Rihanna stuns at ceremony with Prince Charles to mark Barbados becoming a republic

Barbados has entered a new era as a republic bringing the Queen’s position as head of state over the island to an end after 55 years.

An inaugural ceremony took place marking the occasion on Tuesday, 29 November, in Bridgetown, the capital of the Caribbean country, welcoming in Barbados’ first president, Dame Sandra Mason.

In attendance to witness the historic event was Prince Charles – who was representing his mother, the Queen – prime minister Mia Mottley and ambassador of the island, Rihanna.

The singer – who was born in St Michael, Barbados – made quite the entrance as she joined in celebrating her home country’s momentous transition, wearing an orange off-the-shoulder long dress with a wraparound detail at the neckline.

During the ceremony, the 33-year-old was presented with Barbados’ honourable National Hero award by PM Mia Mottley which she appeared humble to receive as the second woman after religious leader Sarah Ann Gill in 1866.

"On behalf of a grateful nation, but an even prouder people, we therefore present to you the designee for national hero for Barbados, ambassador Robyn Rihanna Fenty," the PM said.

"May you continue to shine like a diamond and bring honour to your nation by your works, by your actions.”

Rihanna was raised in Barbados up until the age of 16, when she left for New York to embark on her music career after being signed to Jay-Z’s label Def Jam in the mid-2000s.

Rihanna has gone on to achieve billionaire-status after becoming exceedingly successful with her other ventures alongside singing building beauty and clothing brands.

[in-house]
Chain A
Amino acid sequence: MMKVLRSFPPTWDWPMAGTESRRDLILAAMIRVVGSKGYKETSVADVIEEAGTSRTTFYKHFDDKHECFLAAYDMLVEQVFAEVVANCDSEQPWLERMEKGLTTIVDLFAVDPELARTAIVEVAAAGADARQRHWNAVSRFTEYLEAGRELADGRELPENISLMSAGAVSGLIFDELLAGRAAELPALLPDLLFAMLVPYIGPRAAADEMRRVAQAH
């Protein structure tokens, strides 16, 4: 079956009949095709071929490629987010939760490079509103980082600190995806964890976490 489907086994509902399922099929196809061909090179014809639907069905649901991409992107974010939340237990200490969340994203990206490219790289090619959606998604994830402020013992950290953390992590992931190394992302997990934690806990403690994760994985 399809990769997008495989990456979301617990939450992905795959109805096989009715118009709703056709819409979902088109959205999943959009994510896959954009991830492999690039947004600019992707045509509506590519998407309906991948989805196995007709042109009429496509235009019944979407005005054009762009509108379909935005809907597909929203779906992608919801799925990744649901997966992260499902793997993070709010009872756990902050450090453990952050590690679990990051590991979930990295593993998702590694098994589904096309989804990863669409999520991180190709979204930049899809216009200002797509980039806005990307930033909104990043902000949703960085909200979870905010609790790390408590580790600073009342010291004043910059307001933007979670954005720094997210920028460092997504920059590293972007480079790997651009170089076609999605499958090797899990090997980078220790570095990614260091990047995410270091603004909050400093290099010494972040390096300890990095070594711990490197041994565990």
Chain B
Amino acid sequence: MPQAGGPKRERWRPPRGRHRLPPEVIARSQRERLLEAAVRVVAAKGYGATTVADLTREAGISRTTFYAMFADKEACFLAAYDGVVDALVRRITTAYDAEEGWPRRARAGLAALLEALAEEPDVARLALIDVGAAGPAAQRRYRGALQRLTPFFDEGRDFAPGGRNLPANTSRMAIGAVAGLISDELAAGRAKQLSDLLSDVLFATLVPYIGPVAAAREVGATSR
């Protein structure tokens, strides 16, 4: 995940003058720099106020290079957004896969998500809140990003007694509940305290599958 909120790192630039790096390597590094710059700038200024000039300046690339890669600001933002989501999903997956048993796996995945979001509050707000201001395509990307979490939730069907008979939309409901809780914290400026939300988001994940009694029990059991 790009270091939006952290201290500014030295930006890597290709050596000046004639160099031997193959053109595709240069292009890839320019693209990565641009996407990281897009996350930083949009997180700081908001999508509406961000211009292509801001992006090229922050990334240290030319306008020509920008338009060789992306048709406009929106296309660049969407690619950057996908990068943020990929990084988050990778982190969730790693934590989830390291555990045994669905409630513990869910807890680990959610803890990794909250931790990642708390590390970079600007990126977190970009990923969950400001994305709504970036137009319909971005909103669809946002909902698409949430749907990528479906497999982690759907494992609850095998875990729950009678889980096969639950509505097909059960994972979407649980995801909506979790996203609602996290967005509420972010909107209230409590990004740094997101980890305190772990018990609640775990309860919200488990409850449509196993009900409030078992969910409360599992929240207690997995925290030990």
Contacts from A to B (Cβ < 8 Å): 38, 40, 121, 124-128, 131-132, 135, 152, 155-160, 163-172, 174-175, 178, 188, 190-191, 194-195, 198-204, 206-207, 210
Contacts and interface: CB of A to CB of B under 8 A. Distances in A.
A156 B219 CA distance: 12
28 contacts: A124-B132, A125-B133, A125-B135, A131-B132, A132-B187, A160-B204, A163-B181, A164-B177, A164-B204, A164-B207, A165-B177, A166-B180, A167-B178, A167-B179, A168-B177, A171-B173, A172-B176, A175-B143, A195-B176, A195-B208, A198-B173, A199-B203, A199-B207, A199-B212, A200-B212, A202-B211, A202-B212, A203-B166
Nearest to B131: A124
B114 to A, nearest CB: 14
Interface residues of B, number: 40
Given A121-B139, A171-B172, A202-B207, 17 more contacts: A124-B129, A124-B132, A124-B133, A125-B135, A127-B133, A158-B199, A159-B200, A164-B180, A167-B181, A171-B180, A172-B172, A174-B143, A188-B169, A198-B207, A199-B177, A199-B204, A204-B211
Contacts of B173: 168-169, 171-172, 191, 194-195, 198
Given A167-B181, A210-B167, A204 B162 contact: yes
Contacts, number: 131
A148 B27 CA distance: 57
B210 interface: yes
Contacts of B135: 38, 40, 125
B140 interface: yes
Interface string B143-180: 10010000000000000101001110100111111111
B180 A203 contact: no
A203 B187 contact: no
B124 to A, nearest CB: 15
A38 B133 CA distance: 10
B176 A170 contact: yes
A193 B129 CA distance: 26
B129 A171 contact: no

The Diamonds singer has given back to Barbados following her achievements, notably establishing the Clara Lionel Foundation in 2012, which funds educational systems and emergency services on the island and in other countries.

Acknowledging Barbados’ troubled colonial past, Prince Charles at the ceremony referenced in a speech the British monarchy's leading involvement in the transatlantic slave trade in Barbados, before stating his wishes for better future ties with the island.

“From the darkest days of our past, and the appalling atrocity of slavery, which forever stains our histories, the people of this island forged their path with extraordinary fortitude,” he said.

"Emancipation, self-government and independence were your way-points. Freedom, justice and self-determination have been your guides."

The Prince of Wales passed on the Queen's message for Barbados as the country moves forward as a republic, sending her "good wishes for happiness, peace and prosperity in the future."

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